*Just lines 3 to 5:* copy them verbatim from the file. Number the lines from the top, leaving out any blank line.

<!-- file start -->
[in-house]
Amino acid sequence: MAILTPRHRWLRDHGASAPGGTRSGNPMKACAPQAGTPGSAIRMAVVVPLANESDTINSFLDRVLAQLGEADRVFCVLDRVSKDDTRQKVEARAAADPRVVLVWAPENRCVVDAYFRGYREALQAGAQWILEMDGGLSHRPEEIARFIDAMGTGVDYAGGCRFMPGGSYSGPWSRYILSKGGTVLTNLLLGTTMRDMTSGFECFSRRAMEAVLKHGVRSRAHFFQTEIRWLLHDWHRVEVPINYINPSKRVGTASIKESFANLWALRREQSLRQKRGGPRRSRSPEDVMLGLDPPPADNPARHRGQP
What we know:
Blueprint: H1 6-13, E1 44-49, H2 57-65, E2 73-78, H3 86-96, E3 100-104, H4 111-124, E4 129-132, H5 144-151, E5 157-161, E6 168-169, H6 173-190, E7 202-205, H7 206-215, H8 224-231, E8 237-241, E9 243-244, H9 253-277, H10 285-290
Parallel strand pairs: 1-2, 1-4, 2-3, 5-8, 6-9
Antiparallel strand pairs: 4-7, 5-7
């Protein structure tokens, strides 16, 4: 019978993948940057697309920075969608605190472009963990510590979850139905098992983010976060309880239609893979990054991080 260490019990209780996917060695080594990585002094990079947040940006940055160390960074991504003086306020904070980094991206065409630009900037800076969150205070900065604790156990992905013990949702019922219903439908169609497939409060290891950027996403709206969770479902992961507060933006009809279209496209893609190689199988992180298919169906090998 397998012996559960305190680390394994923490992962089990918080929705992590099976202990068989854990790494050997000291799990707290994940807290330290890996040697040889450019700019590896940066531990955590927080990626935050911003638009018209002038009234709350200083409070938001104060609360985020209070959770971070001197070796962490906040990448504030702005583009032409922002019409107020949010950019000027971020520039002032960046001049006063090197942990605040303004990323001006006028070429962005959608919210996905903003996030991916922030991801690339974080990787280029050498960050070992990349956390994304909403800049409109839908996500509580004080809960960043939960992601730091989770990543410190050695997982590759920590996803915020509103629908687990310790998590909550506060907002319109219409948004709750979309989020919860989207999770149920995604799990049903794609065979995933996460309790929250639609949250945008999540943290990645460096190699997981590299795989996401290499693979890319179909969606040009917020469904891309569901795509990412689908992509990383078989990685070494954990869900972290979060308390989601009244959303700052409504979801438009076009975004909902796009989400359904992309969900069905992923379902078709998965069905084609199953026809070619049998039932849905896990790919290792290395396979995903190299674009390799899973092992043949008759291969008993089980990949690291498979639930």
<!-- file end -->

What we know:
Blueprint: H1 6-13, E1 44-49, H2 57-65, E2 73-78, H3 86-96, E3 100-104, H4 111-124, E4 129-132, H5 144-151, E5 157-161, E6 168-169, H6 173-190, E7 202-205, H7 206-215, H8 224-231, E8 237-241, E9 243-244, H9 253-277, H10 285-290
Parallel strand pairs: 1-2, 1-4, 2-3, 5-8, 6-9